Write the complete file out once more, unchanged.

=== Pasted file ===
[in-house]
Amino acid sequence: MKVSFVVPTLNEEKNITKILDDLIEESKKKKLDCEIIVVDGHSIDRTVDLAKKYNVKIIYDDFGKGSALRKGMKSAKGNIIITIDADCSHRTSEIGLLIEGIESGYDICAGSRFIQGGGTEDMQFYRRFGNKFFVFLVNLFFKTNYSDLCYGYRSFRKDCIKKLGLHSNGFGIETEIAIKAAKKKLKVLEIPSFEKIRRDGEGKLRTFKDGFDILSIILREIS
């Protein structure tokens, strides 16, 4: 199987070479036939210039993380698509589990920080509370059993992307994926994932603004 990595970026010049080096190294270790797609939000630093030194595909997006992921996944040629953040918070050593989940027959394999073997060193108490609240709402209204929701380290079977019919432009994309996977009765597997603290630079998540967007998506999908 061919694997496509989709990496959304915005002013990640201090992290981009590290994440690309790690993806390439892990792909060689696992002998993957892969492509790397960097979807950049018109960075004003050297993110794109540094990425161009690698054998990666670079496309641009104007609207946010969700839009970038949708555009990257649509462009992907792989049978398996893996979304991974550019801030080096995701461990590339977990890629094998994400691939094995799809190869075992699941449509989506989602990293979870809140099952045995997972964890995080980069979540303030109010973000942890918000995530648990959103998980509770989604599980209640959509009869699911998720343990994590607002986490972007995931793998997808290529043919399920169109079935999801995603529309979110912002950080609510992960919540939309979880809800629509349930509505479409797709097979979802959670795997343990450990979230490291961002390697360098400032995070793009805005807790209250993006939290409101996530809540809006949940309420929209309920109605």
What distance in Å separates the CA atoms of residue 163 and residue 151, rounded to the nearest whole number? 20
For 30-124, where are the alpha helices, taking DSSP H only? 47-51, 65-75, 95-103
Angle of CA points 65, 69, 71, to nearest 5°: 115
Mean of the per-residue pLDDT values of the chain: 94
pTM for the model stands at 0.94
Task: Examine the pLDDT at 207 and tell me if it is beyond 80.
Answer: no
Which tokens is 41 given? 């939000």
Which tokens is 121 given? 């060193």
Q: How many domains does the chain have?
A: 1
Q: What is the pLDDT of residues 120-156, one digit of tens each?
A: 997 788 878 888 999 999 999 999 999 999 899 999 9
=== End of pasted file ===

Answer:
[in-house]
Amino acid sequence: MKVSFVVPTLNEEKNITKILDDLIEESKKKKLDCEIIVVDGHSIDRTVDLAKKYNVKIIYDDFGKGSALRKGMKSAKGNIIITIDADCSHRTSEIGLLIEGIESGYDICAGSRFIQGGGTEDMQFYRRFGNKFFVFLVNLFFKTNYSDLCYGYRSFRKDCIKKLGLHSNGFGIETEIAIKAAKKKLKVLEIPSFEKIRRDGEGKLRTFKDGFDILSIILREIS
């Protein structure tokens, strides 16, 4: 199987070479036939210039993380698509589990920080509370059993992307994926994932603004 990595970026010049080096190294270790797609939000630093030194595909997006992921996944040629953040918070050593989940027959394999073997060193108490609240709402209204929701380290079977019919432009994309996977009765597997603290630079998540967007998506999908 061919694997496509989709990496959304915005002013990640201090992290981009590290994440690309790690993806390439892990792909060689696992002998993957892969492509790397960097979807950049018109960075004003050297993110794109540094990425161009690698054998990666670079496309641009104007609207946010969700839009970038949708555009990257649509462009992907792989049978398996893996979304991974550019801030080096995701461990590339977990890629094998994400691939094995799809190869075992699941449509989506989602990293979870809140099952045995997972964890995080980069979540303030109010973000942890918000995530648990959103998980509770989604599980209640959509009869699911998720343990994590607002986490972007995931793998997808290529043919399920169109079935999801995603529309979110912002950080609510992960919540939309979880809800629509349930509505479409797709097979979802959670795997343990450990979230490291961002390697360098400032995070793009805005807790209250993006939290409101996530809540809006949940309420929209309920109605």
What distance in Å separates the CA atoms of residue 163 and residue 151, rounded to the nearest whole number? 20
For 30-124, where are the alpha helices, taking DSSP H only? 47-51, 65-75, 95-103
Angle of CA points 65, 69, 71, to nearest 5°: 115
Mean of the per-residue pLDDT values of the chain: 94
pTM for the model stands at 0.94
Task: Examine the pLDDT at 207 and tell me if it is beyond 80.
Answer: no
Which tokens is 41 given? 């939000």
Which tokens is 121 given? 């060193």
Q: How many domains does the chain have?
A: 1
Q: What is the pLDDT of residues 120-156, one digit of tens each?
A: 997 788 878 888 999 999 999 999 999 999 899 999 9